Michigan has a total budget of more than $50 billion moving into FY2014. In that is about an extra $700 million that economists didn't expect the state to have.
"We're running a structually balanced budget so with this growth, we can actually not only fill holes with it like a lot of state are doing, we can actually talk about strategic investments that can get us where we want to go," said Budget Director John Nixon.
To break down where the extra money is coming from, about $482 million is a surplus from FY2013. This is for one-time spendings only. Budget Director Nixon says some of that could be spent this year and the rest will carry forward into FY2014. He says the state was able to get this surplus largely due to effects of the fiscal cliff.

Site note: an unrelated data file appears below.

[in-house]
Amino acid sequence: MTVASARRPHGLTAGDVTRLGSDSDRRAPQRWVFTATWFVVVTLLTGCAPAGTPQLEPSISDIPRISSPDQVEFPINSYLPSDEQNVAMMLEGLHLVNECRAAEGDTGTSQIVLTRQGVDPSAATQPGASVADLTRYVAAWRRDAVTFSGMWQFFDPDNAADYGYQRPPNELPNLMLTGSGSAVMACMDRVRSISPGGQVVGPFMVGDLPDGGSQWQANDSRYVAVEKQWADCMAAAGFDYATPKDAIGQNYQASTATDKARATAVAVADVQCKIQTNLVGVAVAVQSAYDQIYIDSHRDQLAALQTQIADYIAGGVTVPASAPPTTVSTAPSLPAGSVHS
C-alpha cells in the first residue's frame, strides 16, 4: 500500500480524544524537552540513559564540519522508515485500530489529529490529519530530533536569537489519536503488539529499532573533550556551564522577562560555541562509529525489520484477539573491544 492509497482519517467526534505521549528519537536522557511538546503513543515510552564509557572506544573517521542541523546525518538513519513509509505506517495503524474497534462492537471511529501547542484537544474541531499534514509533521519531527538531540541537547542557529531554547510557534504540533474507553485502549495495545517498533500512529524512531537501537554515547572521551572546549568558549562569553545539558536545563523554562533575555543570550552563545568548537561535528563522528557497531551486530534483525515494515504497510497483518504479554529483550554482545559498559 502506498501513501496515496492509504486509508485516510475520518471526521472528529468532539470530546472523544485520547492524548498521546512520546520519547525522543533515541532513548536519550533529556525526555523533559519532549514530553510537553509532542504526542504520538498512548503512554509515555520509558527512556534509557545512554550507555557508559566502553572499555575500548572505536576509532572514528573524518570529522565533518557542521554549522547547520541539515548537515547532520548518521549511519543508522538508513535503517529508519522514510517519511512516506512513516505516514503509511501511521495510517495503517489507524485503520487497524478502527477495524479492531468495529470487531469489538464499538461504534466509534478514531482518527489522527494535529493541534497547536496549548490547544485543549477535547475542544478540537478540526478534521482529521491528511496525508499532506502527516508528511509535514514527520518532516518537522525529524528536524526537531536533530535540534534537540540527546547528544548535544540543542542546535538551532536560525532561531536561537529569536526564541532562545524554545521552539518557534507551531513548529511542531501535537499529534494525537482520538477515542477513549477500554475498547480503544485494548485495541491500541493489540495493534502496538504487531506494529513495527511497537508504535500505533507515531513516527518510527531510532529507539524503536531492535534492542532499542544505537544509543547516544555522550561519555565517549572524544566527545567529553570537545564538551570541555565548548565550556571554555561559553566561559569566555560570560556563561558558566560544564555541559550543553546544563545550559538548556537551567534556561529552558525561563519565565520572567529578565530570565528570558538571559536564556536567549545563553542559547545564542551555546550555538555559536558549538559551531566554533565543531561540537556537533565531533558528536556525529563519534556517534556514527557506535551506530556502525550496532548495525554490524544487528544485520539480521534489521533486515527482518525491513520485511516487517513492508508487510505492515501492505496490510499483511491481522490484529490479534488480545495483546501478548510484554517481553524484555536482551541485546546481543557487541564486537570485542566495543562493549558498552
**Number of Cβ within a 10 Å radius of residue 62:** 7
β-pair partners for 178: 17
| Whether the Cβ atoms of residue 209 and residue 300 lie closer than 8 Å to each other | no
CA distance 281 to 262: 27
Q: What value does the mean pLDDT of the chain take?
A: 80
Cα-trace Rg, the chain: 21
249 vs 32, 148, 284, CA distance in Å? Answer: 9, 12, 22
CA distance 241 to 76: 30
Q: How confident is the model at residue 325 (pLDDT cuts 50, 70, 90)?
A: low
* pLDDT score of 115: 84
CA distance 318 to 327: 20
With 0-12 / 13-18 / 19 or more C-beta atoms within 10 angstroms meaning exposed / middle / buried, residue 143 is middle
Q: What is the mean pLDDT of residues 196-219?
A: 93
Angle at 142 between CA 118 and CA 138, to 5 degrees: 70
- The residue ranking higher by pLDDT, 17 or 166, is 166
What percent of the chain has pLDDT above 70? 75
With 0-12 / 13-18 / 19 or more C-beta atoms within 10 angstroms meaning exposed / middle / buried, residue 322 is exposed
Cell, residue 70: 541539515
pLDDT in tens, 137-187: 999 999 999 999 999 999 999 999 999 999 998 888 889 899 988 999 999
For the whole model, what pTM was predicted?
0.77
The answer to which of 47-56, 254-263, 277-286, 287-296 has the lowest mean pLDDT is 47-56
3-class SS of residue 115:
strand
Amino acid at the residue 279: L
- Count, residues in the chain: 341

"A lot of people were nervous about what's happening at the federal level, the tax rates were going to go up, the Bush tax cuts were going to expire, so a lot of them sold their house, sold their stock, to be able to pay their taxes under a lower tax rate structure," Nixon said.
The state is also projecting about an extra $220 million in combined general fund and school aid fund revenue for the upcoming fiscal year. Nixon attributes the increase to a growing economy, which means more tax revenue for the state.
"I think people are getting more confident in the future of Michigan and that's being evident in our revenues," Nixon said.
Many are already offering suggestions on how to spend the extra money, from improving roads to boosting education funding and local revenue sharing.